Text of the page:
MILAN (Reuters) - Benetton-led Atlantia on Wednesday agreed to give up its stake in its motorway unit to avoid the threatened cancellation of its lucrative operating concession.
The deal, to be finalised in coming weeks, ends a dispute over the infrastructure group's motorway concession triggered by the deadly collapse of a motorway bridge in Genoa in 2018.
The Benetton family - best known for its retail clothing chain - owns 30% of Atlantia, which controls motorway unit Autostrade per l'Italia and airport operator ADR.
German insurer Allianz, France's EDF and China's Silk Road Fund bought a 12% stake in Autostrade in 2017.
Autostrade, which last year generated around 13% of Atlantia's core earnings, manages around half of Italy's motorway network under a concession contract due to end in 2038.
Here is a timeline of events over the last two years.
Aug. 14, 2018
A motorway bridge operated by Autostrade gives way sending cars and trucks hurtling 50 metres to the ground and killing 43 people in the port city of Genoa, in northern Italy.
The then transport Minister Danilo Toninelli tells Italian state television the disaster shows the dilapidated state of Italy's infrastructure and a lack of maintenance, adding that "those responsible will have to pay".
Aug. 17, 2018
The Italian government takes initial steps aimed at revoking Autostrade's motorway concession before its 2038 expiry date. Prime Minister Giuseppe Conte issues a statement blaming Autostrade for the poor upkeep of the network.
Sept. 28, 2018
The government approves the "Genoa decree" to appoint a special commissioner to reorganise the city's road system. The decree also states that Autostrade will be excluded from the works to rebuild the bridge, but will have to foot the bill.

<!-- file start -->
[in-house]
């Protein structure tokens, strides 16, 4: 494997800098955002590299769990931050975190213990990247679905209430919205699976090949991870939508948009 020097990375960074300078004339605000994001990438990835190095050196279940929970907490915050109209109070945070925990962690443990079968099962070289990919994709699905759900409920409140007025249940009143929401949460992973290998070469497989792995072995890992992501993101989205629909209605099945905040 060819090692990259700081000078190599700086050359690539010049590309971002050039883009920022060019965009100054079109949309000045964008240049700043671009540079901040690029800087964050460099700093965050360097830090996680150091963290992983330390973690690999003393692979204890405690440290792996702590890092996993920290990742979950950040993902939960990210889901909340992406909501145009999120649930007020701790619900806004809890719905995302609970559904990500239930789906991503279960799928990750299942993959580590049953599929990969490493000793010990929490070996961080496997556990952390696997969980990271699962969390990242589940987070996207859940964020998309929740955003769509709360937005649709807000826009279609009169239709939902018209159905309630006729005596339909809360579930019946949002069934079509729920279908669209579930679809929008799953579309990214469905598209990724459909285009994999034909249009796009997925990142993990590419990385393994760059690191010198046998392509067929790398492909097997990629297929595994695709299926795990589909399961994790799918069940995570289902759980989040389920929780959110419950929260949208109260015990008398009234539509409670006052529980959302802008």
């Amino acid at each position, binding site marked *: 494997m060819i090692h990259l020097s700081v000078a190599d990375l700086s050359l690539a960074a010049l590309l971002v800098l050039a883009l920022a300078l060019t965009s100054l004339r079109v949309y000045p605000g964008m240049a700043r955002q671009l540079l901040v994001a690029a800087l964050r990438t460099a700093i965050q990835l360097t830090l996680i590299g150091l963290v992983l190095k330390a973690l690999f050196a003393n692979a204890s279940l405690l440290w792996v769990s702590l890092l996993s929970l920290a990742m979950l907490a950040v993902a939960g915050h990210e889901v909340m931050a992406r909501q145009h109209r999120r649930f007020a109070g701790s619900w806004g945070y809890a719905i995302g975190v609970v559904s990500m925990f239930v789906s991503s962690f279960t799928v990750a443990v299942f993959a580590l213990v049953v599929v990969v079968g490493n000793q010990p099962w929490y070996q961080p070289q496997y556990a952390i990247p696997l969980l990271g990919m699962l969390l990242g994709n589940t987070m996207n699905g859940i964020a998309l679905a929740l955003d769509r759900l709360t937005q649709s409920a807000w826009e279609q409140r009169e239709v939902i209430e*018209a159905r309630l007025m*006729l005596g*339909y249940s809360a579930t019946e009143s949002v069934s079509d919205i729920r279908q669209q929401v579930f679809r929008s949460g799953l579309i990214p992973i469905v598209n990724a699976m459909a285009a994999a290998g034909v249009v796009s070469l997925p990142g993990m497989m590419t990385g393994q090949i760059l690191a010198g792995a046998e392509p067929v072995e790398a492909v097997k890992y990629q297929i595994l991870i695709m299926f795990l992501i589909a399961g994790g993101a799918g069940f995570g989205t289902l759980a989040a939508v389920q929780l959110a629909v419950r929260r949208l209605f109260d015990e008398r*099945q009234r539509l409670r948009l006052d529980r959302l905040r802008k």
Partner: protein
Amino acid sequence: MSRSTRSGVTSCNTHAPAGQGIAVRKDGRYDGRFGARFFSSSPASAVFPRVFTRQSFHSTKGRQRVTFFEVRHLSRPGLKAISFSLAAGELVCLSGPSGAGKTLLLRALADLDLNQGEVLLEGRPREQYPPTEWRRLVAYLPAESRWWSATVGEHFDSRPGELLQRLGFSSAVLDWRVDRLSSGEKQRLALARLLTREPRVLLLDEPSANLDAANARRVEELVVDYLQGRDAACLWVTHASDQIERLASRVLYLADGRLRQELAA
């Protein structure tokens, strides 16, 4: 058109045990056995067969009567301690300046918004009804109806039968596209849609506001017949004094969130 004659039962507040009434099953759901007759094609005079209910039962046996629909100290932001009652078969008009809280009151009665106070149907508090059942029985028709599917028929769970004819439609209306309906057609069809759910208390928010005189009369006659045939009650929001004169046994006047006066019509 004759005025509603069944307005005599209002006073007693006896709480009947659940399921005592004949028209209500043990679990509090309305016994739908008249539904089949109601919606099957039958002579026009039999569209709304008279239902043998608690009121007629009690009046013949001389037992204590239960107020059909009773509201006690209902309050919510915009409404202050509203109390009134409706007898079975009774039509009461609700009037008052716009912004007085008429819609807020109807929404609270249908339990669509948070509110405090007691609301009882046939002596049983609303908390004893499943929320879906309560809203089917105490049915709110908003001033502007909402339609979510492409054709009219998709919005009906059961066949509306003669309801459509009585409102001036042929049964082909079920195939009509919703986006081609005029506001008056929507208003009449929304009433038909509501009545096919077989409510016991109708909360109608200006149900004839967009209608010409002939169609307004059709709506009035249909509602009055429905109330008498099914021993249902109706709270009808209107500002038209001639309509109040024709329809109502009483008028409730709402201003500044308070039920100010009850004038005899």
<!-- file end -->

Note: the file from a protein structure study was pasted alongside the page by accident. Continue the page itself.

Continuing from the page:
A consortium comprising builder Salini Impregilo, now called Webuild, shipbuilder Fincantieri and inspection and engineering services group RINA start the works to build a new bridge to help connect Genoa with southern France under the project involving Genoa-born architect Renzo Piano.
Italian prosecutors launch an investigation into the safety reports compiled by SPEA, a unit of Atlantia, over five motorway bridges operated by Autostrade. SPEA, which was also in charge of safety monitoring on the Genoa bridge, denies allegations that it altered inspection reports for the viaducts.
Aug. 14, 2019
Grieving relatives ask Atlantia Chief Executive Giovanni Castellucci and chairman Fabio Cerchiai to leave an anniversary ceremony honouring the victims of the Genoa bridge disaster, adding it had been insensitive to invite them.
Sept. 17, 2019
Atlantia CEO Castellucci steps down after 13 years, bowing to pressure from the Benetton family, which says it has been shocked by allegations of falsified security reports regarding some of the viaducts run by Autostrade.
Dec. 24, 2019
The government approves new legislation aimed to make it easier and cheaper to revoke concessions to operate motorways. The measure cuts the amount the government must pay to a toll road company if a concession is revoked due to shortcomings on the part of the operator.
April 28, 2020
Workers lay the final section of the new bridge in Genoa pledging to open it to road traffic by the end of July.
July 8, 2020
A top Italian court rules against Autostrade, saying a law the government introduced in 2018 to exclude it from work to rebuild the Genoa bridge was not unlawful.
July 15, 2020
The government says Atlantia has agreed to gradually exit from its motorway unit Autostrade, to make room for state lender Cassa Depositi e Prestiti (CDP) and allied investors, bringing the motorway network back under state control.
(Reporting by Francesca Landini; Editing by Keith Weir and Emelia Sithole-Matarise)